<MenuItem Header="_Cut" InputGestureText="Ctrl+X"/>
<MenuItem Header="_Find" InputGestureText="Ctrl+F"/>

mia = new MenuItem();
mia.Header = "_Cut";
mia.InputGestureText = "Ctrl+X";
mi.Items.Add(mia);

Command

The following XAML and C# examples show how to use the Command property to associate the Copy and Paste commands with MenuItem controls. Not only does the command property associate a command with a MenuItem but it also supplies the input gesture text to use as a shortcut.

The CommandTarget property specifies the element where the command occurs. If CommandTarget is not set, the element that has keyboard focus will receive the command.

<MenuItem Command="ApplicationCommands.Open">
<MenuItem.Header>_Open</MenuItem.Header>
</MenuItem>
<MenuItem Command="ApplicationCommands.Close">
<MenuItem.Header>_Close</MenuItem.Header>
</MenuItem>

mib = new MenuItem();
mib.Command = System.Windows.Input.ApplicationCommands.Copy;
mib.Header = "_Copy";
mi.Items.Add(mib);

mic = new MenuItem();
mic.Command = System.Windows.Input.ApplicationCommands.Paste;
mic.Header = "_Paste";
mi.Items.Add(mic);

For the complete sample see Menu Sample.

Menu Styling

With control styling, you can dramatically change the appearance and behavior of Menu controls without having to write a custom control. In addition to setting visual properties, you can also apply a Style to individual parts of a control, change the behavior of parts of the control through properties, or add additional parts or change the layout of a control. The following examples demonstrate several ways to add a Style to a Menu control.

The first code example defines a Style called Simple that shows how to use the current system settings in your style. The code assigns the color of the MenuHighlightBrush as the menu's background color and the MenuTextBrush as the menu's foreground color. Notice that you use resource keys to assign the brushes.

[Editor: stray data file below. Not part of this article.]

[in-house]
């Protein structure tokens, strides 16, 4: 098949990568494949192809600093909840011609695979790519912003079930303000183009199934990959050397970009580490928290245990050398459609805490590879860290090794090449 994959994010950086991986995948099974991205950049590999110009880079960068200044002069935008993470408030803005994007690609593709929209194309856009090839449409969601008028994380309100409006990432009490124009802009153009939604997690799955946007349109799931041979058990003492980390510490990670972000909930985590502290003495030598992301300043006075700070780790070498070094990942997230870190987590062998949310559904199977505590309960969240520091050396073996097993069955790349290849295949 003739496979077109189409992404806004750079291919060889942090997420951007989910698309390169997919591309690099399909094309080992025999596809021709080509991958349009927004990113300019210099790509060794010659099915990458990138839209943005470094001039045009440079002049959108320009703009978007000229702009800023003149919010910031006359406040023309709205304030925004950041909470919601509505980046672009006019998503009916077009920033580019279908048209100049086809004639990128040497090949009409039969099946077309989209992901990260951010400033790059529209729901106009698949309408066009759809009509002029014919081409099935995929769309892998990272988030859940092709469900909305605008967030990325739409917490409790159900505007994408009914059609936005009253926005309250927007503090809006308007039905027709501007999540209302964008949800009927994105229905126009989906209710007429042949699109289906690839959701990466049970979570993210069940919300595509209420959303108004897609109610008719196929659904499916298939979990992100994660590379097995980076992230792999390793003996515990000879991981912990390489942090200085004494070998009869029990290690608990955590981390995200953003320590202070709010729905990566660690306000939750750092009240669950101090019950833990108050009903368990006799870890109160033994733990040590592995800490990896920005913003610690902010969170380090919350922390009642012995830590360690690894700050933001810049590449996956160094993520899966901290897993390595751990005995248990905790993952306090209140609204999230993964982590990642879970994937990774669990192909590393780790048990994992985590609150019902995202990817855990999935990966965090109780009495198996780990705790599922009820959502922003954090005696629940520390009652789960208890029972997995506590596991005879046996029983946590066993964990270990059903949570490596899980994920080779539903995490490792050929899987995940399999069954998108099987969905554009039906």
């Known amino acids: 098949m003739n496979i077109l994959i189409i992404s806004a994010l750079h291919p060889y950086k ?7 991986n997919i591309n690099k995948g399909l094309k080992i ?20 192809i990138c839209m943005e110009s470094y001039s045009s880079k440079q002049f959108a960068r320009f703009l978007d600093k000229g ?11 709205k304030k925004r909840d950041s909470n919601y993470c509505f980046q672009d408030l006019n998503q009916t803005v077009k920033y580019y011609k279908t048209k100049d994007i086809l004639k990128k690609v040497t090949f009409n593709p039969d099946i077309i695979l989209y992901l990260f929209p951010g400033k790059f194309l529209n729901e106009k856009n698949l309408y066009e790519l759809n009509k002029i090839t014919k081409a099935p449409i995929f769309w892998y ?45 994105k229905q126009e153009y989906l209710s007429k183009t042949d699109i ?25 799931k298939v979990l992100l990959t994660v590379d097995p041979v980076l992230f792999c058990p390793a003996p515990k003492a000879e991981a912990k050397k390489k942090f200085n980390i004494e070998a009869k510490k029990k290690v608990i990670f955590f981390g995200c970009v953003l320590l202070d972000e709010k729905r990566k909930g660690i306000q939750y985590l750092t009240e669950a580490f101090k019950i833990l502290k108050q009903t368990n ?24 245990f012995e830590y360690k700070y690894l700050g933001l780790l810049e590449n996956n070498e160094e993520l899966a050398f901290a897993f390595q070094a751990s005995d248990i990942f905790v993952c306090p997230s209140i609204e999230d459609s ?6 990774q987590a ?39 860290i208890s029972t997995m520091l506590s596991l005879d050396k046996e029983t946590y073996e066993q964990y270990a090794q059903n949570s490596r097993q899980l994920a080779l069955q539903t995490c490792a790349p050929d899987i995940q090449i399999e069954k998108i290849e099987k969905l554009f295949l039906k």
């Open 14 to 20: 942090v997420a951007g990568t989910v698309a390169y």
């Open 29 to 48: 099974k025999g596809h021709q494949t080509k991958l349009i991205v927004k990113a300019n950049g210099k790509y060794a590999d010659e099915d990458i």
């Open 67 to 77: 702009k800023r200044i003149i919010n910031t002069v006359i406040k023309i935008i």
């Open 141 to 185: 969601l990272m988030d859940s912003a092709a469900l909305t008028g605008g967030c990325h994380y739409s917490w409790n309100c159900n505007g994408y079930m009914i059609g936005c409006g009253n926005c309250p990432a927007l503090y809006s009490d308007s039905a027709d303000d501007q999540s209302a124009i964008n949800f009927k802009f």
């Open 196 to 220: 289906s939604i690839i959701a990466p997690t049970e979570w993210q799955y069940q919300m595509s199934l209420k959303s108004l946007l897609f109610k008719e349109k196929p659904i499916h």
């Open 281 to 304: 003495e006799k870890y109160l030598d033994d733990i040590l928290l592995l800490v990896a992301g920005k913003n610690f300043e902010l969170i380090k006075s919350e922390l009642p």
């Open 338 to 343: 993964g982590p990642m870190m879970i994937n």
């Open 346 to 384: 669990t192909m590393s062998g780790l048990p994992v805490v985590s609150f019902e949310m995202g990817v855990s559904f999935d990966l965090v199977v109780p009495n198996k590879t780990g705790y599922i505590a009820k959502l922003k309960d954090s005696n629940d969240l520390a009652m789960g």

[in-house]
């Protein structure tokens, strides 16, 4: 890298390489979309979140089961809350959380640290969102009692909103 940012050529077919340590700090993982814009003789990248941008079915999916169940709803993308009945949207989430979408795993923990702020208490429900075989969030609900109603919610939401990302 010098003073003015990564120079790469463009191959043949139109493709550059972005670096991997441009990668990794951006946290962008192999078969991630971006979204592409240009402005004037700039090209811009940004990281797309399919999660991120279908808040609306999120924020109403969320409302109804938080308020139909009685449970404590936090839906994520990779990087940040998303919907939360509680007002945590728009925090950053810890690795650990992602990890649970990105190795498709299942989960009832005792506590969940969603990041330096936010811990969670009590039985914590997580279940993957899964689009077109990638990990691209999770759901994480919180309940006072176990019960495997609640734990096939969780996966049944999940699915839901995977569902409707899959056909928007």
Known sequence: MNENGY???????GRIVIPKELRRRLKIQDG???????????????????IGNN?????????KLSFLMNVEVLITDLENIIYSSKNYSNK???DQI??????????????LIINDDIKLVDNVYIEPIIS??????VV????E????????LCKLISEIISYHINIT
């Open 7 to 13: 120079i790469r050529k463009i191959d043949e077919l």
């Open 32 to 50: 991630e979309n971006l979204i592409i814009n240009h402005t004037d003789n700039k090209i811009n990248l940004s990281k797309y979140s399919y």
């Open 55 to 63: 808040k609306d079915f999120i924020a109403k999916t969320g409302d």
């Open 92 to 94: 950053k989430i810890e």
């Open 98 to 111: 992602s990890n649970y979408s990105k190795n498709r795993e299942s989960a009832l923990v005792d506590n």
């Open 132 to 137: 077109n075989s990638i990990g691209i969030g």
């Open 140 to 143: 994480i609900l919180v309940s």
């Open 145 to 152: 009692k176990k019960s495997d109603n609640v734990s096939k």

<Style x:Key="Simple" TargetType="{x:Type MenuItem}">
    <Setter Property = "Background" Value= "{DynamicResource {x:Static SystemColors.MenuHighlightBrushKey}}"/>
    <Setter Property = "Foreground" Value= "{DynamicResource {x:Static SystemColors.MenuTextBrushKey}}"/>
    <Setter Property = "Height" Value= "{DynamicResource {x:Static SystemParameters.CaptionHeightKey}}"/>
</Style>

The following sample uses Trigger elements that enable you to change the appearance of a MenuItem in response to events that occur on the Menu. When you move the mouse over the Menu, the foreground color and the font characteristics of the menu items change.

<Style x:Key="Triggers" TargetType="{x:Type MenuItem}">
    <Style.Triggers>
    <Trigger Property="MenuItem.IsMouseOver" Value="true">
        <Setter Property = "Foreground" Value="Red"/>
        <Setter Property = "FontSize" Value="16"/>
        <Setter Property = "FontStyle" Value="Italic"/>
    </Trigger>
    </Style.Triggers>
</Style>

For the complete sample see Menu Styles Sample.

See Also